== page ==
I also believe from the response we’ve seen in publicizing it out there, there’s a lot of excitement about it. For people in this day and age, traveling to conferences is not only time consuming, it takes away time with the family, and it’s expensive, even to the point of being cost prohibitive for a lot of people. I think it presents a nice option to be able to sit around their home, their living room, or their desk, to attend conferences when they want to or listen to recorded conferences later, and interact with vendors without having to get on the telephone with them.
It’s all very compelling to people, and as a result I don’t think we’ve come across any significant challenges yet, but not to say they won’t happen.
NVG: Can you walk us through a typical attendee’s experience at the event?
On the day of the conference there’s a simple registration and a reasonable fee for attending—much less than a typical conference. The software enables you to literally enter the conference and attend the sessions that you want to attend. Some of the sessions will be live, some of them will be recorded. The recorded ones will have the presenter live, answering questions through a text message-like system.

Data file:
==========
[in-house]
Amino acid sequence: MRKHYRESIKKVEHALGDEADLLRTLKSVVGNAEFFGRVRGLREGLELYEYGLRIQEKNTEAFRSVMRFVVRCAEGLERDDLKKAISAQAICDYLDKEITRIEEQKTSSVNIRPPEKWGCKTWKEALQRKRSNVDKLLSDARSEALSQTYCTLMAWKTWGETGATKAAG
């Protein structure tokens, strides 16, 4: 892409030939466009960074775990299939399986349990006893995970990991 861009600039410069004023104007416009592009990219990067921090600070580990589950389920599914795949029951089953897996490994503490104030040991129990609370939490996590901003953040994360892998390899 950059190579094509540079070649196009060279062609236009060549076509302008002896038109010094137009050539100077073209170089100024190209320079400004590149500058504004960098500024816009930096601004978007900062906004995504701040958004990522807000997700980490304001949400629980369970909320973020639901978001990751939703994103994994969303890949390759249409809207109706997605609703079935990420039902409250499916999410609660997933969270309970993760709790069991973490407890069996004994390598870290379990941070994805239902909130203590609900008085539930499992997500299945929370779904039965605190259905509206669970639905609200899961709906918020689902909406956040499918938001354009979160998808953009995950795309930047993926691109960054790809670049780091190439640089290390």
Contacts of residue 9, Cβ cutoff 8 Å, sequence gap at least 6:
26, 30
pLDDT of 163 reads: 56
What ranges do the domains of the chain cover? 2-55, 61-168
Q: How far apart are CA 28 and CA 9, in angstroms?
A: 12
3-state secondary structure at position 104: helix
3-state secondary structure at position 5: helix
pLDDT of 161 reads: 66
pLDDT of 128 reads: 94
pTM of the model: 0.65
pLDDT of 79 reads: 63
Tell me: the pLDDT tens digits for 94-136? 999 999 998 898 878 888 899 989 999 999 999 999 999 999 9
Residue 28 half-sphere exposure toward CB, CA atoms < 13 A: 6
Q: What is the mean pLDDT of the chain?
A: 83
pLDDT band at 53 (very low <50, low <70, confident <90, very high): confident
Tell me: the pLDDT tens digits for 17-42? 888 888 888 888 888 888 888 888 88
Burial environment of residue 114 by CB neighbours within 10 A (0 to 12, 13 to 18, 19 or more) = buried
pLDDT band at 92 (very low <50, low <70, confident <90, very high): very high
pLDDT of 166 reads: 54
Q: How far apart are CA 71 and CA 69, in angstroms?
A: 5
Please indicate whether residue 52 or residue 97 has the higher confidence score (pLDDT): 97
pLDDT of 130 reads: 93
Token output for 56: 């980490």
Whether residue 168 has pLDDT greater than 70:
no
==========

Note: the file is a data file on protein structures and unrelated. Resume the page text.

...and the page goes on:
Attendees will be able to enter the exhibit hall through a virtual reality-type environment where they’ll actually navigate with their mouse through visual icons. The conference doors will open up and they’ll approach a booth. Inside the booth, there will be reps from the companies in video form speaking to them. They’ll be able to ask questions and interact with live people manning the booths. It’s very similar to how you would imagine a Second Life-type situation where you are able to move through a virtual reality-type environment.
NVG: Why do you think this conference is important and why should ODs attend?
The tradition methods of marketing are bearing less and less fruit. I believe it’s important for the marketing side of this conference, but I want to emphasize that this conference has more depth than just emarketing—it’s a connectivity and emarketing conference.
We want to expose eye doctors to how important it is have a presence online, whether it’s through social media marketing or search engine optimization. We want to teach them the ability to have different ways of interacting with patients and drawing them towards their business.